Rankin stumped over own debut novel
Novelist Ian Rankin has revealed he no longer understands some of the grandiose words he used in his first book.
The Scottish writer amassed a fortune through his books about DI John Rebus over the past quarter of a century.
But he tells the September edition of The Word magazine that his 1986 debut The Flood reads like the work of a "PhD student".
Rankin, who is taking a year's break from novels, said he since pared back the words he uses.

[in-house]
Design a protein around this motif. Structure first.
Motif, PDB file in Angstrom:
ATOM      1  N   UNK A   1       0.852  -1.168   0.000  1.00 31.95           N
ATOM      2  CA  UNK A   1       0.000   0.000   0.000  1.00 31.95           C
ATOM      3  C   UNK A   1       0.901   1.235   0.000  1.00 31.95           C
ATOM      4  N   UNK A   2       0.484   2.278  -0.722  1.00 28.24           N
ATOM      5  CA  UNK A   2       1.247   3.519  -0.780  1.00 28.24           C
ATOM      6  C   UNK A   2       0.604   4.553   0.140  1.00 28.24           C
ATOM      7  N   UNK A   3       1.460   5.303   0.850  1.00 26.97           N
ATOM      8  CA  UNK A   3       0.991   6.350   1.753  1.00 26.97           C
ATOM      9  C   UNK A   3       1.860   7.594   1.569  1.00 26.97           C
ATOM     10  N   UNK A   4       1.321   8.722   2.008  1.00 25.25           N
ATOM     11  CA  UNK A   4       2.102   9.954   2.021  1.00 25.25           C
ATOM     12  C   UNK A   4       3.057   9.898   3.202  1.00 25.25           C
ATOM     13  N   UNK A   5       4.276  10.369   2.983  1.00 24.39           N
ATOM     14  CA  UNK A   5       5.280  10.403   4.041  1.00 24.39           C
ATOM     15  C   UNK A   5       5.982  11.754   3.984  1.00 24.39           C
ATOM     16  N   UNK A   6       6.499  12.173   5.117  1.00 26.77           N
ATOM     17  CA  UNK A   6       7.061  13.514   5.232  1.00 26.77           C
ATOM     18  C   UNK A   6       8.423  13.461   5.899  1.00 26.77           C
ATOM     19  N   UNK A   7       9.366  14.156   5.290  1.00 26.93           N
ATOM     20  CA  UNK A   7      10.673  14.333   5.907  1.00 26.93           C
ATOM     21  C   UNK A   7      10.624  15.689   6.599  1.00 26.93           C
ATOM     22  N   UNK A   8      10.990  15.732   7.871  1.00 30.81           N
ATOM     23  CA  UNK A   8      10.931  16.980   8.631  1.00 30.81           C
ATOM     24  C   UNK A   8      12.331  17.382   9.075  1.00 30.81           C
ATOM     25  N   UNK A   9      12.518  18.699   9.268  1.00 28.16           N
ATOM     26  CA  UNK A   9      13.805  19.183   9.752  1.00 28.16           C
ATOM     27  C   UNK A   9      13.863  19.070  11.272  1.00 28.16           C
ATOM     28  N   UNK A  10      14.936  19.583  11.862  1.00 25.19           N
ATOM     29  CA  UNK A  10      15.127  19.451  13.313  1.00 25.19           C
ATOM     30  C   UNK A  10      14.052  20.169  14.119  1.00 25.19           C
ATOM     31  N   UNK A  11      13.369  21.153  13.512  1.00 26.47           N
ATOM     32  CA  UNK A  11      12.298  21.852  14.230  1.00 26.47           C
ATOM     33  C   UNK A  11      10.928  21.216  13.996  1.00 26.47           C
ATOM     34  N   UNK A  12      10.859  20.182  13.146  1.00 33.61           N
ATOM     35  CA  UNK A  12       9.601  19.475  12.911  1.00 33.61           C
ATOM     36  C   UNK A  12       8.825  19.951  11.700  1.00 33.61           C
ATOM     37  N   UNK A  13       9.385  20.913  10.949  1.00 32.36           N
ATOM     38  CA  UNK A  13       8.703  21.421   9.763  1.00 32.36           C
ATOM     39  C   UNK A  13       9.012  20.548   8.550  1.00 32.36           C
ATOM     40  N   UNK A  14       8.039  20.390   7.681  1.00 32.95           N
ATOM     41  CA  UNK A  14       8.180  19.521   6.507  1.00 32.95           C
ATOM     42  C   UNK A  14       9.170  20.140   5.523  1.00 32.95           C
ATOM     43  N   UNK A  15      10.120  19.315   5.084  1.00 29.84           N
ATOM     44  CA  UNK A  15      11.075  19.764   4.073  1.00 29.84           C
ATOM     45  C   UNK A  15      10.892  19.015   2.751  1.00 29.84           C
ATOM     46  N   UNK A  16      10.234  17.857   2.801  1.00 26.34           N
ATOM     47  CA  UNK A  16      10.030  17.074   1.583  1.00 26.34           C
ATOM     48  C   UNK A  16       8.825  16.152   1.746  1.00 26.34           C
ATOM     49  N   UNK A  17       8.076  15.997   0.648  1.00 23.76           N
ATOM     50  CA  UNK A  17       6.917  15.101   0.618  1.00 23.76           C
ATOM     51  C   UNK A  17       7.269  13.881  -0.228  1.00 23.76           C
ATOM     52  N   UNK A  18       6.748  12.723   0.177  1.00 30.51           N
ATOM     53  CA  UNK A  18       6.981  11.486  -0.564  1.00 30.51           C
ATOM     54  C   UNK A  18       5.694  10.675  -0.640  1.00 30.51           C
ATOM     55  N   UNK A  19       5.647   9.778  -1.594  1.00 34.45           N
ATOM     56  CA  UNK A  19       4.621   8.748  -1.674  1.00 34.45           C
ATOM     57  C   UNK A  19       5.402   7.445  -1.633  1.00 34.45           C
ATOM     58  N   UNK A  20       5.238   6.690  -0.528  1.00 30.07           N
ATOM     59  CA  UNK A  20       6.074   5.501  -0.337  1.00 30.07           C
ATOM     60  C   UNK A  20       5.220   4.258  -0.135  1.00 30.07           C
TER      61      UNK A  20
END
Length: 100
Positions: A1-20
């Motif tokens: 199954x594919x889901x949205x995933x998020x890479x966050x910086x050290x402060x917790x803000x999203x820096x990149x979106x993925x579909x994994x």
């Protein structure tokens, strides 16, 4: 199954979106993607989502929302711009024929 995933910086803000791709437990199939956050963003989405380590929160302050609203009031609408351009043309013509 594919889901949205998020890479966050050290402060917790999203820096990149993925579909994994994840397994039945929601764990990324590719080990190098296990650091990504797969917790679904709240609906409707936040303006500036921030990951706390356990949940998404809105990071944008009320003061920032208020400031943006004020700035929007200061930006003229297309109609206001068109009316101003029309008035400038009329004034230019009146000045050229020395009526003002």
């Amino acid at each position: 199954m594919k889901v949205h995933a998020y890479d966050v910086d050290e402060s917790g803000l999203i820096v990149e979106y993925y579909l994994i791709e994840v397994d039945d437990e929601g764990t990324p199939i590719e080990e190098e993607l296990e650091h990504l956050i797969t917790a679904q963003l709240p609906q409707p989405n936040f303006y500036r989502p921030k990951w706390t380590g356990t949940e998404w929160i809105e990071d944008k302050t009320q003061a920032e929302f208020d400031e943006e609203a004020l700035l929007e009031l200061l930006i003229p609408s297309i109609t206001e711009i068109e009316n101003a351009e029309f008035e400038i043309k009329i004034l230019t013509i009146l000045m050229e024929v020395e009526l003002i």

The novelist - who was working on his doctorate, later abandoned, when he began his literary career - said: "When I read my first novel now - Jesus, it's like the writing of a PhD student.
"There's words in it I don't actually understand. In thrillers, there is very little room for purple prose."
He said the trick with thrillers is to simplify the language.
"The style has got to be invisible. If something jars, or if a phrase is too flowery, suddenly the reader is aware that someone is writing a book."
Rankin also reveals he sees himself more as an entertainer than a wordsmith.
"Writers like me are part of the entertainment industry. We're not winning Nobel Prizes for books that are difficult to read or written in an ornate language."